The State Board of Education has 22 members, ten of whom serve as the Board’s Council of Basic Education and ten of whom serve on the Board’s Council of Higher Education. Seventeen members are appointed by the governor, with the approval of the Senate, and each serves a six-year term. Four members of the board are members of the General Assembly who serve as long as they hold majority and minority chairs of the House and Senate Education Committees. The current chairperson of the State Board of Education, also appointed by the governor, is Joe Torsella. The secretary of education serves as the chief executive officer of the board and does not vote as a member of the board.[12]

The state is divided into 29 intermediate units, which provide services to the 500 public school districts and 2,400 non-public institutions.[13]

Higher education

Alter Hall at the Fox School of Business and Management at Temple University in Philadelphia, October 2009

See also: List of colleges and universities in Pennsylvania

There are dozens of notable private liberal arts colleges and universities located throughout Pennsylvania, as well as many publicly supported community colleges and universities. The state provides funding to (1) the Commonwealth System of Higher Education, consisting of four universities; (2) the Pennsylvania State System of Higher Education, consisting of 14 universities; and (3) 14 community colleges.

Commonwealth System of Higher Education

The Commonwealth System of Higher Education consists of four prominent universities, which are publicly supported but are operated and controlled independently. These institutions are:

Pennsylvania State System of Higher Education

The Pennsylvania State System of Higher Education consists of 14 universities in which more than 112,500 students are enrolled. It is led by a 20-member board of governors, each of whom serves a four-year term, with the exception of three students, who are chosen from among the universities’ student government association presidents and serve until graduation. The members include individuals selected by the governor of Pennsylvania, and four legislators chosen by the majority and minority leaders of the state senate and House of Representatives. The governor of Pennsylvania or a designee also is a board member, as is the state secretary of education.[14]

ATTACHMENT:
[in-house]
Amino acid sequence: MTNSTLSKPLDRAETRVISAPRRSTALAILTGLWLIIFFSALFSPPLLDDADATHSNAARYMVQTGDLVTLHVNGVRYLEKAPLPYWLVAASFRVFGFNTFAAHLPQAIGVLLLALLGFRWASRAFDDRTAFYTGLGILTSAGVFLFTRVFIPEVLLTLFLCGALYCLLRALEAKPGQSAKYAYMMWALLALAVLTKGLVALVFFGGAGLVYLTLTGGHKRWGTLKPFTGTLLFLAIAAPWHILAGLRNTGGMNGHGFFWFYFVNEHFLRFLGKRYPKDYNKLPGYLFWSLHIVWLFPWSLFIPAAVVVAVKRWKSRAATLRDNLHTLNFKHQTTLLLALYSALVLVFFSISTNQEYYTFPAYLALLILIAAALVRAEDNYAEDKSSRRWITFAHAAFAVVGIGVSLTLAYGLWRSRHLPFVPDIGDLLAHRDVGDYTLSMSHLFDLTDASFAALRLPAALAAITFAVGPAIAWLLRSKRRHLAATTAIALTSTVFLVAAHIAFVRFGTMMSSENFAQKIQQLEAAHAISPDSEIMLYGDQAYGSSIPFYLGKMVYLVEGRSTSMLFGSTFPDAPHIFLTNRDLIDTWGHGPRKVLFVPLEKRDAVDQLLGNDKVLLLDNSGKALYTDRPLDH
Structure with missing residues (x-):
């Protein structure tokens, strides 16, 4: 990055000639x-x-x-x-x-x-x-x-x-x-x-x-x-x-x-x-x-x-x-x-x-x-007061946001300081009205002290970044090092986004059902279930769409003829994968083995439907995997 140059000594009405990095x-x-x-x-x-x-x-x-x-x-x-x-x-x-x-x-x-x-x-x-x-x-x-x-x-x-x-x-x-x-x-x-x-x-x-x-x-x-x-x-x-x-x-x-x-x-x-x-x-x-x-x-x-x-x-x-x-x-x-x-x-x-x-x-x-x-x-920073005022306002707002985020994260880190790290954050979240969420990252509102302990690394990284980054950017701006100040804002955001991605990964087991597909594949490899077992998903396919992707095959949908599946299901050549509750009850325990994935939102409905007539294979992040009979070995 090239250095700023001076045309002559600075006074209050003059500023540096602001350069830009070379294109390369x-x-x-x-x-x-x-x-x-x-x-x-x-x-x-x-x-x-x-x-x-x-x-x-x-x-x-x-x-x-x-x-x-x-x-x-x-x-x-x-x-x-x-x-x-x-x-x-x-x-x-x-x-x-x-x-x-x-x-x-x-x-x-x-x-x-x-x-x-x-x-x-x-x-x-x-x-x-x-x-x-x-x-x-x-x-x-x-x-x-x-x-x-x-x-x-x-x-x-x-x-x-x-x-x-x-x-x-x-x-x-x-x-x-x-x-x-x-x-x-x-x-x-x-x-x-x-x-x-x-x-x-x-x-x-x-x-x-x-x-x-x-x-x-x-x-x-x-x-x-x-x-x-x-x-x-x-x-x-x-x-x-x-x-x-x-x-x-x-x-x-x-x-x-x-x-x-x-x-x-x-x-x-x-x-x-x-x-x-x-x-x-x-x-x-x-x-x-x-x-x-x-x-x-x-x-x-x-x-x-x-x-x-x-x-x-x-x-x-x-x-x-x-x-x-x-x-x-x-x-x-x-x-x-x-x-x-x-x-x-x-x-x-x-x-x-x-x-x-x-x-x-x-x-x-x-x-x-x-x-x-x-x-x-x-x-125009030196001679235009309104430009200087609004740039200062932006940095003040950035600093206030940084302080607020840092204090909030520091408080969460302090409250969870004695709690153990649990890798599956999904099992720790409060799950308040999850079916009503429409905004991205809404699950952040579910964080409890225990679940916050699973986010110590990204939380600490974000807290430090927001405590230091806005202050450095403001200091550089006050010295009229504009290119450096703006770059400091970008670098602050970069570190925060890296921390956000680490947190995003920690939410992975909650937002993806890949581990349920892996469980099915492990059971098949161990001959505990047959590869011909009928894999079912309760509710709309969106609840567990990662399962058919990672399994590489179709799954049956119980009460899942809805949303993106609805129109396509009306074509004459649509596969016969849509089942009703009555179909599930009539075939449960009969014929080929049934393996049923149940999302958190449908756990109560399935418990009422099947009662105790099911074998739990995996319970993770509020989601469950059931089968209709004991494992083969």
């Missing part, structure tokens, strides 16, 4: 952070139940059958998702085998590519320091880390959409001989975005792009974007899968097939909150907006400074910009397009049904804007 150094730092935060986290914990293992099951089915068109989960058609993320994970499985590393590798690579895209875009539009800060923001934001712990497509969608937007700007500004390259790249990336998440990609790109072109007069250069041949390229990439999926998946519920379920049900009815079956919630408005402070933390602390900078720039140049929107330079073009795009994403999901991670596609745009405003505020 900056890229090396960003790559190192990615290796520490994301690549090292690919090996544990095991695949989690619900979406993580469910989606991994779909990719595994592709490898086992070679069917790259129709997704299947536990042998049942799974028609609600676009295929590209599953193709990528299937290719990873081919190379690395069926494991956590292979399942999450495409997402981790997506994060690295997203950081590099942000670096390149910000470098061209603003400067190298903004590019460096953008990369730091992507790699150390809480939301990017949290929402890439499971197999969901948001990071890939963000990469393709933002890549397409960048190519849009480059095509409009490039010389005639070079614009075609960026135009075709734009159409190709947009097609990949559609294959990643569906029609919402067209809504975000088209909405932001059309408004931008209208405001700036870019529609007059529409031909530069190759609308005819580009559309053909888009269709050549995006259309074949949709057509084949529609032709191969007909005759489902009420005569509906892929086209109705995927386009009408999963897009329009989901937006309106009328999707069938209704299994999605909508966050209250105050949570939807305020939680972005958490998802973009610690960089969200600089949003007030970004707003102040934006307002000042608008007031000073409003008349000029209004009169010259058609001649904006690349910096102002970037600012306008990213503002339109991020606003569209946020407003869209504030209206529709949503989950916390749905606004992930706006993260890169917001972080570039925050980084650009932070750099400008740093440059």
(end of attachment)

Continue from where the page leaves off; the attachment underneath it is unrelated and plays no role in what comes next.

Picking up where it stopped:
Community colleges

Pennsylvania community colleges served 189,000 students in credit programs and over 256,000 students in non-credit programs during the 2005-2006 school year. On average, annual 2005-2006 tuition and fees were $2,327. Many community college students transfer to four-year programs at colleges and universities.[15]

Financial aid

The Pennsylvania Higher Education Assistance Agency is a financial aid organization which provides grants, administers loans, and affords other services to post-secondary students.


Benjamin Franklin statue on the campus of the University of Pennsylvania, an Ivy League institution in Philadelphia, August 2007

Data from the indentured servant contracts of German immigrant children in Pennsylvania from 1771-1817 showed that the number of children receiving education increased from 33.3% in 1771-1773 to 69% in 1787-1804. Additionally, the same data showed that the ratio of school education versus home education rose from .25 in 1771-1773 to 1.68 in 1787-1804.[16] The increase in the number of children being educated, and the fact that more students were being educated in school rather than at home, could help explain how near-universal literacy was achieved by 1840.[17]

Until the Civil War, almost all education was conducted either in private schools or at home. Public schools first came on the scene in the second half of the nineteenth century.[18]